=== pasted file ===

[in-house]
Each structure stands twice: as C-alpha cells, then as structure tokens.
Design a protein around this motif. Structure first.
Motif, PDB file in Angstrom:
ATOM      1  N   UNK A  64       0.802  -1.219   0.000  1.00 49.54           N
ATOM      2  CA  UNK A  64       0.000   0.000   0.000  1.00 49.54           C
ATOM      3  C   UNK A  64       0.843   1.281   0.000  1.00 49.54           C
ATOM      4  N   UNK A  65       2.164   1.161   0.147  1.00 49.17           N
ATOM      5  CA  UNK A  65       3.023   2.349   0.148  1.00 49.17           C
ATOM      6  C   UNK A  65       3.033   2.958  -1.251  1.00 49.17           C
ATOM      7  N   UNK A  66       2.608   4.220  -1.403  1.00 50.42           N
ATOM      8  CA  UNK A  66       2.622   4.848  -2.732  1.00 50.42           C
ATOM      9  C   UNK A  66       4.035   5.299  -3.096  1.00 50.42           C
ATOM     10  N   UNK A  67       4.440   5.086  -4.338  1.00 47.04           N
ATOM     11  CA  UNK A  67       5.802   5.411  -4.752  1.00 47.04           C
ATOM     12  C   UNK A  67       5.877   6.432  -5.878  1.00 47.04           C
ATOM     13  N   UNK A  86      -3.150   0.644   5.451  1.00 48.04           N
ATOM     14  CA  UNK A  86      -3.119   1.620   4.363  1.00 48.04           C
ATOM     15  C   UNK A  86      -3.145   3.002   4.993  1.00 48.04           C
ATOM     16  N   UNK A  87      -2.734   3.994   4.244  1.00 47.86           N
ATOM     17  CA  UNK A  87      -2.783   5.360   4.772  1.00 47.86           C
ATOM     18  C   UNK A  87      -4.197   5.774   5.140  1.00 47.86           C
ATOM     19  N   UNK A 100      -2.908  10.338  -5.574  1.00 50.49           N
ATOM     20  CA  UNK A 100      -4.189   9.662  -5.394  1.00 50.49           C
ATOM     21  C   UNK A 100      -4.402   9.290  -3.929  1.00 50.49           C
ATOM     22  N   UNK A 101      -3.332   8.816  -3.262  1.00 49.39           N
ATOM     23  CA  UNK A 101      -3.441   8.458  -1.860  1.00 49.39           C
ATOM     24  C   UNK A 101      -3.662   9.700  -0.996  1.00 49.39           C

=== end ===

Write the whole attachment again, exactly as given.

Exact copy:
[in-house]
Each structure stands twice: as C-alpha cells, then as structure tokens.
Design a protein around this motif. Structure first.
Motif, PDB file in Angstrom:
ATOM      1  N   UNK A  64       0.802  -1.219   0.000  1.00 49.54           N
ATOM      2  CA  UNK A  64       0.000   0.000   0.000  1.00 49.54           C
ATOM      3  C   UNK A  64       0.843   1.281   0.000  1.00 49.54           C
ATOM      4  N   UNK A  65       2.164   1.161   0.147  1.00 49.17           N
ATOM      5  CA  UNK A  65       3.023   2.349   0.148  1.00 49.17           C
ATOM      6  C   UNK A  65       3.033   2.958  -1.251  1.00 49.17           C
ATOM      7  N   UNK A  66       2.608   4.220  -1.403  1.00 50.42           N
ATOM      8  CA  UNK A  66       2.622   4.848  -2.732  1.00 50.42           C
ATOM      9  C   UNK A  66       4.035   5.299  -3.096  1.00 50.42           C
ATOM     10  N   UNK A  67       4.440   5.086  -4.338  1.00 47.04           N
ATOM     11  CA  UNK A  67       5.802   5.411  -4.752  1.00 47.04           C
ATOM     12  C   UNK A  67       5.877   6.432  -5.878  1.00 47.04           C
ATOM     13  N   UNK A  86      -3.150   0.644   5.451  1.00 48.04           N
ATOM     14  CA  UNK A  86      -3.119   1.620   4.363  1.00 48.04           C
ATOM     15  C   UNK A  86      -3.145   3.002   4.993  1.00 48.04           C
ATOM     16  N   UNK A  87      -2.734   3.994   4.244  1.00 47.86           N
ATOM     17  CA  UNK A  87      -2.783   5.360   4.772  1.00 47.86           C
ATOM     18  C   UNK A  87      -4.197   5.774   5.140  1.00 47.86           C
ATOM     19  N   UNK A 100      -2.908  10.338  -5.574  1.00 50.49           N
ATOM     20  CA  UNK A 100      -4.189   9.662  -5.394  1.00 50.49           C
ATOM     21  C   UNK A 100      -4.402   9.290  -3.929  1.00 50.49           C
ATOM     22  N   UNK A 101      -3.332   8.816  -3.262  1.00 49.39           N
ATOM     23  CA  UNK A 101      -3.441   8.458  -1.860  1.00 49.39           C
ATOM     24  C   UNK A 101      -3.662   9.700  -0.996  1.00 49.39           C